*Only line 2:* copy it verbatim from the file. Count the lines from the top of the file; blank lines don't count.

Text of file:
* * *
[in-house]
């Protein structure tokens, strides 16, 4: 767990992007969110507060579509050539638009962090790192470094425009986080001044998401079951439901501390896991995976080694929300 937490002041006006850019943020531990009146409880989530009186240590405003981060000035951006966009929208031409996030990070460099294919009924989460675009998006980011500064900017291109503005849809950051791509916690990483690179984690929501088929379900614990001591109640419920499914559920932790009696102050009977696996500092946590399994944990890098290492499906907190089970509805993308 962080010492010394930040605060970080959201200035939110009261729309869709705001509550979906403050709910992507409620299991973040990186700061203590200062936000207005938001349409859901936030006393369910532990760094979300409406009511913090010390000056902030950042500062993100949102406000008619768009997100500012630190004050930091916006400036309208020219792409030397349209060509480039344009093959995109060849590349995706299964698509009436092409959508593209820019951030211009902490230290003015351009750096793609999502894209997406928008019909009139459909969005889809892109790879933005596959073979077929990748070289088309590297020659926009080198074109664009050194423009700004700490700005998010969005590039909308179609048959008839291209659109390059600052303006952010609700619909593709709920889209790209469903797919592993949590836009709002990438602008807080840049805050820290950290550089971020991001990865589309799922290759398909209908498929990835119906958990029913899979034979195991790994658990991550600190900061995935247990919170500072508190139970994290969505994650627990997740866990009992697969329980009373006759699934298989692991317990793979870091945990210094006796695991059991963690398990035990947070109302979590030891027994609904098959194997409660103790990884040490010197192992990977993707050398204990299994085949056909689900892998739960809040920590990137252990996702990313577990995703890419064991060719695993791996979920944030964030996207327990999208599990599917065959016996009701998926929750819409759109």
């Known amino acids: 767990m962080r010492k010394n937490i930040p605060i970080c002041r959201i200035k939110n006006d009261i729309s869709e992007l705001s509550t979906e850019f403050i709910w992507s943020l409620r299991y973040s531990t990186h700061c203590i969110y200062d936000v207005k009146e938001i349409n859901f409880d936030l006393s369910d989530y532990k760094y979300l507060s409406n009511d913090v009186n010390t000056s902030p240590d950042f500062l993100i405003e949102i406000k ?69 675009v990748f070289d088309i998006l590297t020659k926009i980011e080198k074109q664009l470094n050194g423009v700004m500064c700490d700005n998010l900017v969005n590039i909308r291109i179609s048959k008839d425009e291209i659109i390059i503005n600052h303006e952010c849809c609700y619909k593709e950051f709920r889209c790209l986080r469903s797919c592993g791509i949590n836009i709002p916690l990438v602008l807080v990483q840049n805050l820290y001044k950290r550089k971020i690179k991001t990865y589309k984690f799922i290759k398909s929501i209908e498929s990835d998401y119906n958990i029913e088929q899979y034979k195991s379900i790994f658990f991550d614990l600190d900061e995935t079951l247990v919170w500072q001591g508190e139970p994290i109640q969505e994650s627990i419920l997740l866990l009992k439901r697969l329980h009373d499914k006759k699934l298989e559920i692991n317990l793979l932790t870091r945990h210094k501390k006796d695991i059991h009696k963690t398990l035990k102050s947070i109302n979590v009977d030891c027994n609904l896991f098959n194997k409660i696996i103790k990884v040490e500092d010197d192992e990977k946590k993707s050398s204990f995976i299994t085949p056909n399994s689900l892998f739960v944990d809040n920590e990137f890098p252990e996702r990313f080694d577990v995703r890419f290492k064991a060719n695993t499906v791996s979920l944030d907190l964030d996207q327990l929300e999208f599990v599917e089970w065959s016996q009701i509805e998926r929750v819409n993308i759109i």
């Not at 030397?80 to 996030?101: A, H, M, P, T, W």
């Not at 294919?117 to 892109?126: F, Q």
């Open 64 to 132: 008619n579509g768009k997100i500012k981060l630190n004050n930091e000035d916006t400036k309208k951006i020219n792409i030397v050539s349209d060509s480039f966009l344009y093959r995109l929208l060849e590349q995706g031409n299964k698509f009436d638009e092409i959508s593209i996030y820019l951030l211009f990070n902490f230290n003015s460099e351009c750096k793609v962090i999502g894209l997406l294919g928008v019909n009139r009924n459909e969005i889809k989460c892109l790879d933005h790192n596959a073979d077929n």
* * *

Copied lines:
């Protein structure tokens, strides 16, 4: 767990992007969110507060579509050539638009962090790192470094425009986080001044998401079951439901501390896991995976080694929300 937490002041006006850019943020531990009146409880989530009186240590405003981060000035951006966009929208031409996030990070460099294919009924989460675009998006980011500064900017291109503005849809950051791509916690990483690179984690929501088929379900614990001591109640419920499914559920932790009696102050009977696996500092946590399994944990890098290492499906907190089970509805993308 962080010492010394930040605060970080959201200035939110009261729309869709705001509550979906403050709910992507409620299991973040990186700061203590200062936000207005938001349409859901936030006393369910532990760094979300409406009511913090010390000056902030950042500062993100949102406000008619768009997100500012630190004050930091916006400036309208020219792409030397349209060509480039344009093959995109060849590349995706299964698509009436092409959508593209820019951030211009902490230290003015351009750096793609999502894209997406928008019909009139459909969005889809892109790879933005596959073979077929990748070289088309590297020659926009080198074109664009050194423009700004700490700005998010969005590039909308179609048959008839291209659109390059600052303006952010609700619909593709709920889209790209469903797919592993949590836009709002990438602008807080840049805050820290950290550089971020991001990865589309799922290759398909209908498929990835119906958990029913899979034979195991790994658990991550600190900061995935247990919170500072508190139970994290969505994650627990997740866990009992697969329980009373006759699934298989692991317990793979870091945990210094006796695991059991963690398990035990947070109302979590030891027994609904098959194997409660103790990884040490010197192992990977993707050398204990299994085949056909689900892998739960809040920590990137252990996702990313577990995703890419064991060719695993791996979920944030964030996207327990999208599990599917065959016996009701998926929750819409759109």